London property no longer looks so safe

Wed Feb 13, 2013 11:04am EST
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By Tom Bill

LONDON (Reuters) - London's property is losing its attraction for investors as they start to venture out of 'safe havens' and worry that the city's prices look high given a slowing British economy.

A reputation as a safe place to park money during global market turmoil helped drive central London office prices up 52 percent between mid-2009 and the end of 2012. Prices in the smaller luxury residential market grew at a similar pace.

As investors feel calmer about the world in general, they are looking more closely at London property holdings.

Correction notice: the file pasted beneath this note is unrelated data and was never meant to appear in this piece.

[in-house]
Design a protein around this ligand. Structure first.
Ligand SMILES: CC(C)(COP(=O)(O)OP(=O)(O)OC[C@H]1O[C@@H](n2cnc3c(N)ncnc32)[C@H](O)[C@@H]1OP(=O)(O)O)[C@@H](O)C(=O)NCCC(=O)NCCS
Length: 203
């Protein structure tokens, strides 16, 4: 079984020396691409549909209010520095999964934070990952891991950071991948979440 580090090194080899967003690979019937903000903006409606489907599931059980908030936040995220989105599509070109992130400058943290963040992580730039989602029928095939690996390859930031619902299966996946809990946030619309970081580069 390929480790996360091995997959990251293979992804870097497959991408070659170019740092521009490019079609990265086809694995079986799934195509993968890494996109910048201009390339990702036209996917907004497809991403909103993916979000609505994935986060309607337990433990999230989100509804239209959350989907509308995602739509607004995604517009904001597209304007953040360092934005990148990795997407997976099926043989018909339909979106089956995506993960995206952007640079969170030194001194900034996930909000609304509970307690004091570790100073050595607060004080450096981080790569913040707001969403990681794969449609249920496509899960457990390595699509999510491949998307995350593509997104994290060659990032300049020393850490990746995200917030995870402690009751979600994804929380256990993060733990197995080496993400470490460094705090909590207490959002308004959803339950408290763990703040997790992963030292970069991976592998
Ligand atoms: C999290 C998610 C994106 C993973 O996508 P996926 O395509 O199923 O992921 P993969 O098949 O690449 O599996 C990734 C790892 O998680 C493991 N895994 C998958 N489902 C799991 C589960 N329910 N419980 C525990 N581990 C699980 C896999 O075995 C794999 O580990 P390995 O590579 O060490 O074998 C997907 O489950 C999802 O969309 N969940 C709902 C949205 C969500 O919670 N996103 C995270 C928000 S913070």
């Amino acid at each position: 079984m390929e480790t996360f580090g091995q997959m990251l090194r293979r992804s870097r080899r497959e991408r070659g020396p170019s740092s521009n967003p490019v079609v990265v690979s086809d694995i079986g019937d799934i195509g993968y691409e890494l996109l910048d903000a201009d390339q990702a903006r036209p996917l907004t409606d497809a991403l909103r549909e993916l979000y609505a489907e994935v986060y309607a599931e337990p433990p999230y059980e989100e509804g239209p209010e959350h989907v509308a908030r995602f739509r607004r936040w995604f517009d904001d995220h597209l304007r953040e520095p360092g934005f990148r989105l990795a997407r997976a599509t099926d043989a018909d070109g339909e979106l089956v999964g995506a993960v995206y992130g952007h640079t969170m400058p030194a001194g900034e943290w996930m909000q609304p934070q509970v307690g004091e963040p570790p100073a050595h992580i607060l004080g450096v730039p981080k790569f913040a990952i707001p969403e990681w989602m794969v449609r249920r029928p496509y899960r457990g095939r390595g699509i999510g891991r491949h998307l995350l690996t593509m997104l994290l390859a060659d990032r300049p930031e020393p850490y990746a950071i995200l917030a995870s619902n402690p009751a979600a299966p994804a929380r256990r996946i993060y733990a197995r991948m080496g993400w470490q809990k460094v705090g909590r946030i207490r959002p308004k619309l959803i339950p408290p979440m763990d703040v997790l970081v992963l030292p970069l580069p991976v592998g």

"I cannot help but conclude that London is in bubble territory," said Ben Habib, Chief Executive of First Property Group FSTP.L, which owns British and Polish real estate.

"The returns available are very low and capital values vulnerable to a shock."

Commercial property deals reached nearly 21 billion pounds ($33 billion) last year, according to research group Real Capital Analytics. That was double the amount for Paris and four times Berlin.

Over 64 percent of money coming into the market was from abroad - up from 61 percent in 2011 and 55 percent in 2010.

But fears of a euro zone breakup, a slew of U.S. tax rises and spending cuts or sharply slowing Chinese growth have diminished - removing factors that had driven the flow of money.   Continued...

A woman looks out at the financial district from a window in The View gallery at the Shard, western Europe's tallest building, in London January 9, 2013. REUTERS/Luke Macgregor